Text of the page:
Then I went back to the countryside and in the banana orchard, two older cousins, they talkin their teenage business. I’m just a kid, but I want to feel like part of the social group of three. So I just chime in with any old shit “sings in falsetto” and they said “Get out of here!”. I’m like “Okay…”. Slide some feet back, then boss the big old Jackson Five upon them. [sings falsetto chorus from “I Want You Back” ]. Yo, they rolled in the banana trash, you hear me? (laughs)
Herb an’ Music: That’s a deep memory right there.
Shinehead: I said they rolled in the banana! That was my first forward. My first forward was in a banana walk… who’d have thought of that?! So all who think that Shinehead is city-fied, yankie-fied, ain’t none of y’all get a forward in banana walk.
Herb an’ Music: Great stories, man. Thank you. Because we can learn a lot from people like you, because you lived it. You’re one of the rare artists that’s got roots in three countries! You’re part of UK culture as a youngster, part of Jamaican culture as a youth, then a part of the birth of hip hop in New York City. Respect!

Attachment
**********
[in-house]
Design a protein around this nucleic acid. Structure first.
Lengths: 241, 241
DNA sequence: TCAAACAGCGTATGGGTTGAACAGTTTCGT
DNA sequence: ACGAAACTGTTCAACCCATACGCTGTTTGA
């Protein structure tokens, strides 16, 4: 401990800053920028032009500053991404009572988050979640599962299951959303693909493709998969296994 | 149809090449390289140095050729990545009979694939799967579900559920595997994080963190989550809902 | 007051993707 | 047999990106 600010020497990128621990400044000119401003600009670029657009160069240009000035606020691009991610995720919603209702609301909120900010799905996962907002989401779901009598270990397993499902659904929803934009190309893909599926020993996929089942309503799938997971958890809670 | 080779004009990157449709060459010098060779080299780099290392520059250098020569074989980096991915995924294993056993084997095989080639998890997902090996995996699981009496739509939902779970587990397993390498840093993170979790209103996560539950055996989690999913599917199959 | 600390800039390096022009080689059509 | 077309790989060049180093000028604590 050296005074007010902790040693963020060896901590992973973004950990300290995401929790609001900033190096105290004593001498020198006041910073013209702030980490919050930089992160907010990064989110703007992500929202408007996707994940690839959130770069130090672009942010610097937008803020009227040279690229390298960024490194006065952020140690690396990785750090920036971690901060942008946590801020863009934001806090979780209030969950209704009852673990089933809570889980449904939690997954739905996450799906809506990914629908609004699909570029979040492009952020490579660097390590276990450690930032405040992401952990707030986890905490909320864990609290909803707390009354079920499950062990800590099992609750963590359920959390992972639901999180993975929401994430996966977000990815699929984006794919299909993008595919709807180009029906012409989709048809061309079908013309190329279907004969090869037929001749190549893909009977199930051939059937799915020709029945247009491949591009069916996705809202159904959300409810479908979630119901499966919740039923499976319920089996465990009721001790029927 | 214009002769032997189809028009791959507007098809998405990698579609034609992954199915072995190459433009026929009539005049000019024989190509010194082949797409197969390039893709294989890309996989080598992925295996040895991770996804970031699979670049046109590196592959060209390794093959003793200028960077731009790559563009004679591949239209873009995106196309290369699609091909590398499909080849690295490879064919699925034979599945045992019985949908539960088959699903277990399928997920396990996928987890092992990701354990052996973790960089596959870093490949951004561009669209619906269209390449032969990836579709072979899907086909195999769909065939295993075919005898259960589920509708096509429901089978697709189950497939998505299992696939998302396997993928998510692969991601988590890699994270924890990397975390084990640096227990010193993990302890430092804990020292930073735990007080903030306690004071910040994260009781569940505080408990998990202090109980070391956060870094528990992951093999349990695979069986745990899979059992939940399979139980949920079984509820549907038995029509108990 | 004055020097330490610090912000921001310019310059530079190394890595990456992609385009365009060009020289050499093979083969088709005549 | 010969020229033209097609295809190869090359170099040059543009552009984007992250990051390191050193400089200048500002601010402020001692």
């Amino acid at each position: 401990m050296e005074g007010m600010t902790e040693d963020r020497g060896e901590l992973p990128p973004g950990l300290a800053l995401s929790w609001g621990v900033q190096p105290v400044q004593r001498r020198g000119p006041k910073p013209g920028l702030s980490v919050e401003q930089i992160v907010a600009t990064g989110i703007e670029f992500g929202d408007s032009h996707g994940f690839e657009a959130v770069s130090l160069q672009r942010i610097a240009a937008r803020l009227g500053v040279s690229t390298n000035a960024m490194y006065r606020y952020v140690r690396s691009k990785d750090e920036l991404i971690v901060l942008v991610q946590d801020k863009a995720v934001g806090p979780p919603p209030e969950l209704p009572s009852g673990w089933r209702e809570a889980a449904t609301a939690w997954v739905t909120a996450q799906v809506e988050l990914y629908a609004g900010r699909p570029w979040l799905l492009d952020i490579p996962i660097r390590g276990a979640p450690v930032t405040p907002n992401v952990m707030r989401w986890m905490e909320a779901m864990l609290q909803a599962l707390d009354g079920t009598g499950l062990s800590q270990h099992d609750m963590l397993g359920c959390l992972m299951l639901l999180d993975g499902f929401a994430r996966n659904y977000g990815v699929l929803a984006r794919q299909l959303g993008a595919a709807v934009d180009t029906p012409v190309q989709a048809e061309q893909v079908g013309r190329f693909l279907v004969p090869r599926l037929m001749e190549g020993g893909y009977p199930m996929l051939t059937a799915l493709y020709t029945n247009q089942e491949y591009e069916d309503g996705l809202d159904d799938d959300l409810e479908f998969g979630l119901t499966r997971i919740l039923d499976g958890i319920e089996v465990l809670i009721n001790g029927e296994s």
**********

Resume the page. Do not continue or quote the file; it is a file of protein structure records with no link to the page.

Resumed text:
You mentioned you landed in the big city, the Bronx, a Jamaican in New York, if you will (laughs). What was happening when young Shinehead touched down in the Bronx, right in the middle of the Seventies? Was it still live music bands, or was it soundsystems and parties in the park?
Shinehead: Oh yeah, but it wasn’t no young Shinehead… it was just a little Carl, trying to figure this out. The live bands was on! This was before Djing was on and prevalent, DJing kind of came up after, because everybody was about that live (music), man. When I touched down in ’72, my cousins dubbed me Carlito and they had a band in my aunt’s basement. I went away and then I came back in ’76, they still got the band going, and there were bands everywhere, man!
There was street bands out there that we looked up to. I joined the band with my cousin, in my auntie’s basement. I’m like third string bass man. So if first man and second man don’t come that Friday, I get to play. See you gotta wait your turn and you gotta earn, you gotta earn, burn, learn and pay dues, seen?
Herb an’ Music: Seen. So you were in bands first, paying dues. Then the hip hop & DJing, toasting, and later rapping came after that?
Shinehead: Then DJing started. We used to go down to Roberto Clemente State Park in the Bronx, go work out. And when you pass on your way, there may be a jam in Cedar Park.
Or there may be a jam across town east. It wasn’t called hip hop yet. You know, we just jamming. We just B-boying, we just B-girling. So it didn’t have a name yet. I was one of those who were witnesses of the birth. And I was amongst the beginning with the greats back then, the pioneers then, some who are still alive today. I was privileged enough to rock with some of the pioneers back then, until we changed lanes and went over to the rub-a-dub world.
Herb an’Music: Right on! Old school. Who were you rockin’ with in those days?